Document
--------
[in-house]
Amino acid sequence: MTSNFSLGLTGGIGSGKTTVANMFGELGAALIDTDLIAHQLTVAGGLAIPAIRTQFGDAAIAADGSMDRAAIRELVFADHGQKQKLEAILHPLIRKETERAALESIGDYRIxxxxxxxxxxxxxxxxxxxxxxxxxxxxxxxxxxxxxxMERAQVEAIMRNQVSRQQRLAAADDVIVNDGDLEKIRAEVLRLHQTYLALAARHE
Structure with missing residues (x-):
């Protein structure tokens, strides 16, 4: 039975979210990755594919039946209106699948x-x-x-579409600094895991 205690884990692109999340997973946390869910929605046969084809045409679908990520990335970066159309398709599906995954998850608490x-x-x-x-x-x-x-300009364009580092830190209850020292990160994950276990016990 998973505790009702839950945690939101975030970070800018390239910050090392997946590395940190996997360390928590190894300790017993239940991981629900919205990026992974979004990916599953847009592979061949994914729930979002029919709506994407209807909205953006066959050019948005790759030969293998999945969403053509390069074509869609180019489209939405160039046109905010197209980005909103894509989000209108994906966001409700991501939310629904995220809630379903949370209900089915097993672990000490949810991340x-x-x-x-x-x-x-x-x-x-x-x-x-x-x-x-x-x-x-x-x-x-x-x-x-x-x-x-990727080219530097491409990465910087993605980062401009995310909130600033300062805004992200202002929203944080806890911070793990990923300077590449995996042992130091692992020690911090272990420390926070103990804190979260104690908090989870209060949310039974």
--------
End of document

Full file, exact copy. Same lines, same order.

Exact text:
[in-house]
Amino acid sequence: MTSNFSLGLTGGIGSGKTTVANMFGELGAALIDTDLIAHQLTVAGGLAIPAIRTQFGDAAIAADGSMDRAAIRELVFADHGQKQKLEAILHPLIRKETERAALESIGDYRIxxxxxxxxxxxxxxxxxxxxxxxxxxxxxxxxxxxxxxMERAQVEAIMRNQVSRQQRLAAADDVIVNDGDLEKIRAEVLRLHQTYLALAARHE
Structure with missing residues (x-):
């Protein structure tokens, strides 16, 4: 039975979210990755594919039946209106699948x-x-x-579409600094895991 205690884990692109999340997973946390869910929605046969084809045409679908990520990335970066159309398709599906995954998850608490x-x-x-x-x-x-x-300009364009580092830190209850020292990160994950276990016990 998973505790009702839950945690939101975030970070800018390239910050090392997946590395940190996997360390928590190894300790017993239940991981629900919205990026992974979004990916599953847009592979061949994914729930979002029919709506994407209807909205953006066959050019948005790759030969293998999945969403053509390069074509869609180019489209939405160039046109905010197209980005909103894509989000209108994906966001409700991501939310629904995220809630379903949370209900089915097993672990000490949810991340x-x-x-x-x-x-x-x-x-x-x-x-x-x-x-x-x-x-x-x-x-x-x-x-x-x-x-x-990727080219530097491409990465910087993605980062401009995310909130600033300062805004992200202002929203944080806890911070793990990923300077590449995996042992130091692992020690911090272990420390926070103990804190979260104690908090989870209060949310039974």